I woke up yesterday to the news that Trump’s Supreme Court–through its “Shadow Docket” and by a five to four margin–had effectively overturned what lawyers call “incorporation”–an odd term for the proposition that the Bill of Rights constrains state and local governments
In a scathing dissent, Justice Sonia Sotomayor wrote: “The court’s order is stunning. Presented with an application to enjoin a flagrantly unconstitutional law engineered to prohibit women from exercising their constitutional rights and evade judicial scrutiny, a majority of Justices have opted to bury their heads in the sand.”
Actually, it’s worse than that. Much worse.
Not only does the Court’s increasing use of the Shadow Docket raise serious questions about the erosion of the judicial transparency fundamental to the rule of law, the decision to allow Texas’ empowerment of culture war vigilantes achieves a goal long held by “states rights” fundamentalists: a return to the days when state and local lawmakers could impose their preferred “morality” on their citizens–and not-so-incidentally decide which citizens were entitled to equal rights– without the pesky interference of the federal government.
As I noted yesterday, approval of Texas’ ploy opens a door to civil strife far removed from the abortion wars. State legislatures can now turn private citizens into “enforcers” of pretty much any goal–and not just conservative ones. The decision effectively approves a federalism on steroids, and the unraveling of the “United” States.
I used to explain to my students that one of the salutary effects of the incorporation of the Bill of Rights was that it ensured a “floor”–so that when someone moves from New York to Alabama or Texas, they don’t suddenly lose their right to religious liberty or free speech or their protection against unreasonable search and seizure..
This case strikes a terrifying blow against that principle.
I titled this post “a perfect storm” because the Supreme Court’s abandonment of fifty years of precedent is only one of the truly existential challenges we currently face.
It is no longer possible to pretend that climate change is some sort of elitist, liberal theory that can safely be ignored. Fires in California (now threatening Nevada), increasingly powerful hurricanes battering not just Louisiana but causing flooding and chaos all the way to New England, the continuation of “extinctions” threatening to disrupt the global ecology…the list goes on. There are some valiant efforts underway to combat climate change, but the likelihood is that even if those efforts manage to moderate its effects, there will be enormous disruptions of global life–including famines and massive population movements.
Then, of course, there’s the pandemic. Two pandemics, actually–COVID and insanity. The insanity makes it highly likely that COVID won’t be the last disease to decimate populations around the world.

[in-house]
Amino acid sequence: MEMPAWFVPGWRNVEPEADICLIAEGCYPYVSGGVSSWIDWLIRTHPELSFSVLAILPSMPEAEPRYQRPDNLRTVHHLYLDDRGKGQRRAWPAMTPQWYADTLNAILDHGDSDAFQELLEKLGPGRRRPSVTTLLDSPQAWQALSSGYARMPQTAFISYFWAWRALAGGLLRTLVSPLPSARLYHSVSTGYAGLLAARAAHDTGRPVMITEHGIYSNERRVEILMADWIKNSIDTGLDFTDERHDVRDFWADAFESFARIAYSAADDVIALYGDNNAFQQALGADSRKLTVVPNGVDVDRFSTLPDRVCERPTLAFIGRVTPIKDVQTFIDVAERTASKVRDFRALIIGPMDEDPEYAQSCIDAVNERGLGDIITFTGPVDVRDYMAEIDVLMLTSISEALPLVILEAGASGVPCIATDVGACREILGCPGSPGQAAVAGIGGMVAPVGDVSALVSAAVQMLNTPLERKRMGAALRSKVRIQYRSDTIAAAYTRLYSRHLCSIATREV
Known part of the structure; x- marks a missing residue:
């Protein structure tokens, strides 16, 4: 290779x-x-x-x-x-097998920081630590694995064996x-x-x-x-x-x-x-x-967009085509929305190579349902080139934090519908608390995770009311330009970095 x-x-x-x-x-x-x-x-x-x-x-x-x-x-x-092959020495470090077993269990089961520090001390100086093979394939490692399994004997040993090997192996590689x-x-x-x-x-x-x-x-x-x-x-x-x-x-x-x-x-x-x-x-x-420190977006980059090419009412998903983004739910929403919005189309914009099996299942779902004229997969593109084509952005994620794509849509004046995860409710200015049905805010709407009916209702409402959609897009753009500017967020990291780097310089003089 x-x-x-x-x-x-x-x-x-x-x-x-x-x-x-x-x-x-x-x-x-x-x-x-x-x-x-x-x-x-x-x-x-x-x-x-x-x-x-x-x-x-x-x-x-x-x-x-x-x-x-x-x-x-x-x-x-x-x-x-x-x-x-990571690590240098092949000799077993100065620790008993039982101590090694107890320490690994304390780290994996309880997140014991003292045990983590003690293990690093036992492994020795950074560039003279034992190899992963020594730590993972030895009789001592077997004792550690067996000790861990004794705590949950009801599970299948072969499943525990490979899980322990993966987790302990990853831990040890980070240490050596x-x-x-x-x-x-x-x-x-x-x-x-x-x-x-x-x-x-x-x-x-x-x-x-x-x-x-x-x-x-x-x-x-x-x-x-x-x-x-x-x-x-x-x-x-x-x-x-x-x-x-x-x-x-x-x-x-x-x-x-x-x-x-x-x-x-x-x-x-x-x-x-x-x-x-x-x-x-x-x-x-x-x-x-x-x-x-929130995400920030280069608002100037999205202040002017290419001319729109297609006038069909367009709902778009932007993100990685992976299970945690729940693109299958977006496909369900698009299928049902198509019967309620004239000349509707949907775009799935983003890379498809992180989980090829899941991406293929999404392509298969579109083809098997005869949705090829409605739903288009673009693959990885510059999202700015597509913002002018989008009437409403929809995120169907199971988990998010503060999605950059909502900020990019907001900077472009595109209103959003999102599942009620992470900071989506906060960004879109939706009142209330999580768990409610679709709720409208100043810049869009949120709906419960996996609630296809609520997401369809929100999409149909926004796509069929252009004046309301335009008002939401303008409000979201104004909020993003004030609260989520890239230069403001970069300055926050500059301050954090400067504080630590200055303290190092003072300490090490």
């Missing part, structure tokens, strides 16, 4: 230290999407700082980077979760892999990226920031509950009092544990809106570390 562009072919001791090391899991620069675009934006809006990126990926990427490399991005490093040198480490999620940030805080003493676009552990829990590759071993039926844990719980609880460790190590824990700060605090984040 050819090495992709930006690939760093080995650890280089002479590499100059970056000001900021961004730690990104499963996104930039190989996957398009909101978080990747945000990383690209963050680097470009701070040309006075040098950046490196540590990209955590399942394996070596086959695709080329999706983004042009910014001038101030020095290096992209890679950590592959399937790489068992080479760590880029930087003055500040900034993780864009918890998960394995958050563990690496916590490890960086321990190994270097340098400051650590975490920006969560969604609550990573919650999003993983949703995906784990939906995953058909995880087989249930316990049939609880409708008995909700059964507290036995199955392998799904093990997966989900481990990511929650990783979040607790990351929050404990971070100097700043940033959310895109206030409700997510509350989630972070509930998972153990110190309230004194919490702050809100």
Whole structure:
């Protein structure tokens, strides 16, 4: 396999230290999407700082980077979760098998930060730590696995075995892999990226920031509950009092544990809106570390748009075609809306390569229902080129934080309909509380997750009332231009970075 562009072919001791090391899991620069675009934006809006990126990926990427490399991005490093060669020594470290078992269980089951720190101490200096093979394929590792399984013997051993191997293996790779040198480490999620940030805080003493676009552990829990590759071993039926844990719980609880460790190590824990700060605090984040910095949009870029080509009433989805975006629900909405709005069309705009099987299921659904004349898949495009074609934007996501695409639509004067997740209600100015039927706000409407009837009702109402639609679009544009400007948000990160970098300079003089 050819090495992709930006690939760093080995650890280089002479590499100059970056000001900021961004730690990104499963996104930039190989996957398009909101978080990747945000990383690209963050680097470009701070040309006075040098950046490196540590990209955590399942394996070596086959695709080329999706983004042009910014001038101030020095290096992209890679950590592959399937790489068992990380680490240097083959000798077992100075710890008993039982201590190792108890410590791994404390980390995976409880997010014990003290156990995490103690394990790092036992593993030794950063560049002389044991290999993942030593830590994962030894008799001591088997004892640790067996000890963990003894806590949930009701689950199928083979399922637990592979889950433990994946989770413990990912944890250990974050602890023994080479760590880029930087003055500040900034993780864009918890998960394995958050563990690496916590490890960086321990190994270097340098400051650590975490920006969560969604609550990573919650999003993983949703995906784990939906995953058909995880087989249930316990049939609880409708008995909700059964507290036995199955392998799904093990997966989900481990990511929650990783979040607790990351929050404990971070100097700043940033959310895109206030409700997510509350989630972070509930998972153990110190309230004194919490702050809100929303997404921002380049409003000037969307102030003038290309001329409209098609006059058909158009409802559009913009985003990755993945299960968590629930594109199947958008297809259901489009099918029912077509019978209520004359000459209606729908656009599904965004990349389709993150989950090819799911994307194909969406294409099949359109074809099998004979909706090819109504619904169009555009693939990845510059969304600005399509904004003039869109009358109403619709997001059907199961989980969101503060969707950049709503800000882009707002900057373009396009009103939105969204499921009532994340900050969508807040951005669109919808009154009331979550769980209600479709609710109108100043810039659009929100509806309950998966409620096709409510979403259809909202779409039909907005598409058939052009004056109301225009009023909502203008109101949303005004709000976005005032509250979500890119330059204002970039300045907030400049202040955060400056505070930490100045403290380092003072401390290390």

Speaking of insanity, Leonard Pitts reminds us of the rising tide of rightwing violence.
While it’s unlikely we’ll see regional armies clashing as they once did at Antietam and Shiloh, is it so hard to imagine the country descending into a maelstrom of conservative terrorism, the kind of hit-and-run asymmetric warfare — random bombings and shootings — that rocked Iraq and Afghanistan in the early 2000s? Certainly, the weapons and the sense of grievance are there.
On top of all of this, outdated elements of America’s legal architecture are impeding our ability to confront these challenges. In a recent, very important paper by Will Wilkinson of the Niskanen Center (I will have much more to say about his paper in future posts), Wilkinson concluded his analysis of what he calls “The Density Divide” with a recitation of the mismatch between America’s population realities and that framework.
As Wilkinson notes, our Constitutional system has a strong small-state bias, “which effectively gives extra votes to topsoil in low-population states.” In a country where 50 percent of voters identify or lean Democratic and 42 percent identify or lean Republican–a Democratic advantage of some 18 million voters– the GOP has erected “an imposing fortification” through gerrymandering, voter ID laws, voter-roll purges…the list goes on.
Wilkinson underscores what many others have said: we desperately need structural reforms and especially strong new legislation protecting voting rights. What he doesn’t say–since his paper was written before the Court’s recent assault on the supremacy of the Constitution–is that such protection must be nationally enforceable.
This “perfect storm” has created a genuinely existential moment. It is no longer possible to ignore the fact that American governance by We the People is teetering on a dangerous edge. The question is: can a nation burdened with a substantial minority of QAnon-believing, MAGA-hat wearing, Ivermectin-ingesting, Confederacy-loving citizens–many if not most of whom are White racially-resentful rural residents empowered by outdated electoral structures– rise to the challenge?